May 25, 2022 11.25 am

A Lidl disappointed: Rejected supermarket considers future in Market Deeping

A rival Aldi application will be submitted soon

By Local Democracy Reporter

Lidl has said it is disappointed that planning chiefs turned down its proposal for Market Deeping last week, and is considering its future options for the town.

The budget supermarket says it stands by its proposal, despite the committee urging for a town centre location.

Lidl wanted to build a store in an out-of-town location on Peterbrough Road, but traders and councillors argued this would be a “body blow” for local businesses.

After hearing that rival retailer Aldi was close to submitting plans for a location near the shopping centre, the planning committee rejected the application last week.

A spokesperson for Lidl said: “We were disappointed with the decision as we feel our proposal is the most viable option currently to bring a much needed supermarket to Market Deeping and the surrounding areas.

“We would like to take the opportunity at this time to thank all of those who have supported us so far, as we now consider our future options for the town.”

Lidl says it is still looking at options | Photo: Steve Smailes for The Lincolnite

People familiar with Aldi’s plans claim that an application will be submitted by July.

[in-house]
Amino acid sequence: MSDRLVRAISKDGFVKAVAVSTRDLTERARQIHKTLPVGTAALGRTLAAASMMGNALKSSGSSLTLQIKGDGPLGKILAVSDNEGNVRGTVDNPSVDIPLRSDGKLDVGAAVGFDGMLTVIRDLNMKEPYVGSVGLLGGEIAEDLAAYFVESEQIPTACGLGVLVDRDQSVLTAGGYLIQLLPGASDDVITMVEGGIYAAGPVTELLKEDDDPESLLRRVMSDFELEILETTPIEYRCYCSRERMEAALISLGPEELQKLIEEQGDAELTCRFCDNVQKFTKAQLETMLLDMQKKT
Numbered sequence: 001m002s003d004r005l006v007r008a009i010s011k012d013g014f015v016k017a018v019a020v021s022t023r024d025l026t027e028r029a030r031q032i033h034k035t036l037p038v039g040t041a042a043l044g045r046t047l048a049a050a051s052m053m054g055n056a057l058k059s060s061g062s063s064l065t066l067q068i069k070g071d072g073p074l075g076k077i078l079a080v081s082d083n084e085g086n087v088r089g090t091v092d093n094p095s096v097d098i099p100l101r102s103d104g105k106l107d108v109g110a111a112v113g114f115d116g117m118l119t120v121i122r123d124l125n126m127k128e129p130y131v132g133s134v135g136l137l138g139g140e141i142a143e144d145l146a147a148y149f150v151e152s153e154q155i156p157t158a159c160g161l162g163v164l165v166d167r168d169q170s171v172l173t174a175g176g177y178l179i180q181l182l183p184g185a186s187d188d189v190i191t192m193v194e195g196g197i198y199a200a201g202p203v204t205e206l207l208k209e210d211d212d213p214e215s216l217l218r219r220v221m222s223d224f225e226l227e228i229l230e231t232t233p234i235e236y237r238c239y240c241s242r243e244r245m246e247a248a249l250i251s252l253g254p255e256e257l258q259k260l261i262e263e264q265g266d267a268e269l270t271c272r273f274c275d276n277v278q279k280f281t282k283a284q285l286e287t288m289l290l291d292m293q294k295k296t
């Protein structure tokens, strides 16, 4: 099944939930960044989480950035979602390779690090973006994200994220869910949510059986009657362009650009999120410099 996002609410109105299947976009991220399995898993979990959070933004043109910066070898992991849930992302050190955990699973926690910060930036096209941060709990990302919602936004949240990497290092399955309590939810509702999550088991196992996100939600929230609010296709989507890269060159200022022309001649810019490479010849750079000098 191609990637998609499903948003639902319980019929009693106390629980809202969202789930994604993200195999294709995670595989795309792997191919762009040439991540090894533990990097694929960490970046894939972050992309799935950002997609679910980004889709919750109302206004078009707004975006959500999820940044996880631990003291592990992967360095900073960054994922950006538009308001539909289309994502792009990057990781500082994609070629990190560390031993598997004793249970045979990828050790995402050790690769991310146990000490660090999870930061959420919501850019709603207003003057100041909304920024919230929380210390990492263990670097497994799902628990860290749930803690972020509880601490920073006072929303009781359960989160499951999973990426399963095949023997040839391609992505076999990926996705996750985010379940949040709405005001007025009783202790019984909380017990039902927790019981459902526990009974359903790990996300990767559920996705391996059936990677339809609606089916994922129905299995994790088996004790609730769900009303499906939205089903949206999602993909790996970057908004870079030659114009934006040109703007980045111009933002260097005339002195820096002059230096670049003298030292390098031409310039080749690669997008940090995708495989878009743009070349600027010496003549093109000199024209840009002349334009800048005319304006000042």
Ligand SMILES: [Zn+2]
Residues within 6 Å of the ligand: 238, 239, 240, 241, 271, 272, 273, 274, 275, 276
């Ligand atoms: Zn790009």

Councillors said in last week’s meeting that they didn’t have a preference which brand was given approval, but needed the plans to be in the right place.

South Kesteven District councillor Judy Steven said the proposed Lidl store would “take the heartbeat out of Market Deeping. I understand people want a second supermarket, but this isn’t the right place. It would be a real let-down for traders.”

Ward councillor Ashley Baxter added: “It isn’t about which brand it is, Lidl or Aldi, but it has to be in the right place. Aldi seems very confident that they can deliver the site in the town centre, rather than on Peterborough Road.”

Representatives from Lidl said at the time that they didn’t believe that a store would detract from high street shops and businesses, but still wanted to offer shoppers choice in difficult financial times.